If you’d like to read the rest of the story, you can download “On a Black Tide” from Amazon absolutely free for the next five days. And if you dig my little tale of piracy, undead, and general mayhem, you should absolutely check out the other five stories in Rites of Passage, also available in eBook and print formats from Amazon.

      

Acts of War: Aftershock – Week 18 Update

Here we are at week eighteen into the production of Acts of War: Aftershock. These updates are going to change a bit as I start working on revisions. More on that below.

Progress: I’m starting revisions on the novel this week–today, actually—so my progress reports will reflect where I’m at with rewrites, scene additions, scene subtractions, and all the myriad little tweaks and adjustments that will turn the book into the final product you’ll be reading on July 12th.

Revision Roundup: The editors at Privateer Press have given me extensive notes on what they’d like to see changed or adjusted in the next draft. I’ve worked with all of these folks many times on long and short fiction, and the level of notes and requested changes are what I expected. There’s work to do, but it’s not overwhelming, and much of it entails adding material, which, in my opinion, is the easiest type of revising.

There are three primary, broad-strokes areas I’ll be working on in this round of revisions: story, character, and setting continuity. All three involve changes big and small, and I’ll detail some of those changes in the coming weeks as I work through them, but here’s a little taste. After reading through the draft, the editors at Privateer Press all came to the same conclusion: more Ashlynn d’Elyse. That suits me just fine. She’s a great character, and I’ll be adding a scene or two with the Llaese Resistance leader in this next draft. In fact, that’s gonna be the very first thing I do!

Mini Excerpt: Since the editors want more Ashlynn in the next draft, here’s more Ashlynn in this week’s mini-excerpt AND on the awesome cover of Aftershock (courtesy of the extremely talented Néstor Ossandón).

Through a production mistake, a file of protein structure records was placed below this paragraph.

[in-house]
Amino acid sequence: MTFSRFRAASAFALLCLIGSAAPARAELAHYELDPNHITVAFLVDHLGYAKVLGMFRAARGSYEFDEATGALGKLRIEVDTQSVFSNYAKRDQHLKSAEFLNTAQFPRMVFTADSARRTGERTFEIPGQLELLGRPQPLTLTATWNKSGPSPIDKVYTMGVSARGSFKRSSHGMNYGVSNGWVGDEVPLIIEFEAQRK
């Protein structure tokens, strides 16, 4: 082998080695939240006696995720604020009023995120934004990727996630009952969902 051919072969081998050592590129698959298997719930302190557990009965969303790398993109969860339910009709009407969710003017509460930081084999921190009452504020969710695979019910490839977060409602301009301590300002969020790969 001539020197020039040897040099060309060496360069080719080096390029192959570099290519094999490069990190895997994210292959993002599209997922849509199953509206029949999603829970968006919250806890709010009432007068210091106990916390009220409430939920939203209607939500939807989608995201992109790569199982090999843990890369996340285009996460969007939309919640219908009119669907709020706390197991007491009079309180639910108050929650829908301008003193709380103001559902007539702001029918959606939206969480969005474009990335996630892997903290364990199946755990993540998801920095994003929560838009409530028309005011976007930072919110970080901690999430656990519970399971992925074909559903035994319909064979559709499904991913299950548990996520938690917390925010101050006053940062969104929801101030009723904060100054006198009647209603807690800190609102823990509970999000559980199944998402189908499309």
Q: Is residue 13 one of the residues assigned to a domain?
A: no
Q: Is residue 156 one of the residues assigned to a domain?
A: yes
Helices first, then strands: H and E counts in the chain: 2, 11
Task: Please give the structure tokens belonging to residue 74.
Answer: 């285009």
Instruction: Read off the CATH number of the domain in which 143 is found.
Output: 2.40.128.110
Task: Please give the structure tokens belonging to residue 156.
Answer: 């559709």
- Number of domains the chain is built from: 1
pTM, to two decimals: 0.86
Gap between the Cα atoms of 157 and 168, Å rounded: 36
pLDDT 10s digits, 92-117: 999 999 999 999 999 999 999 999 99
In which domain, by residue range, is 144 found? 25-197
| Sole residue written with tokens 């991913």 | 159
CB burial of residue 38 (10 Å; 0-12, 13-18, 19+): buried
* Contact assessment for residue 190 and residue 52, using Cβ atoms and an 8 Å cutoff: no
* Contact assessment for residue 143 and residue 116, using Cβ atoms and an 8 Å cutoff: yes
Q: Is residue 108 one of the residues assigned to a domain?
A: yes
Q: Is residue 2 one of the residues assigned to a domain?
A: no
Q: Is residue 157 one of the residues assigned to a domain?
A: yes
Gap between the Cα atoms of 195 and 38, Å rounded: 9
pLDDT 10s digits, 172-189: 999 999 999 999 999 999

Another volley from the two Destroyers came shrieking down from the wall. The shells detonated in front of Ashlynn, pelting her power field with debris. Her Vanguards absorbed most of the blast, though one of them suffered for it. Damage reports flowed back through her connection with the warjack; its right leg had been severely damaged. She ordered it to fall back and protect the troops behind her.

She was close enough now that Crash and Soldier could reach the top of the wall with their steam cannons. She urged them to fire, and the explosive shells arced high and exploded against the hull of one of the Destroyers. Khadoran warjack armor was thick, but the twin blasts sent the great red machine stumbling backward, and then it disappeared. Ashlynn smiled at the thought of the ten-ton warjack plummeting forty feet to the ground below. Hopefully, there would be Assault Kommandos to soften its landing.



I like to think some proud son of the Motherland, a kovnik maybe, had a bunch of Winter Guard at the bottom of that wall waiting to soften the fall of such valuable equipment. 🙂

If you have a question or comment about the book or my writing process, ask away in the comments section below. And if you’ve missed the updates for the previous weeks, you can find them right here:


This week marks a special occasion. Acts of War: Aftershock is available for preorder in print and digital from Amazon! Choose your preferred format and click the link below.

Preorder Print – $15.99

Preorder eBook – $7.99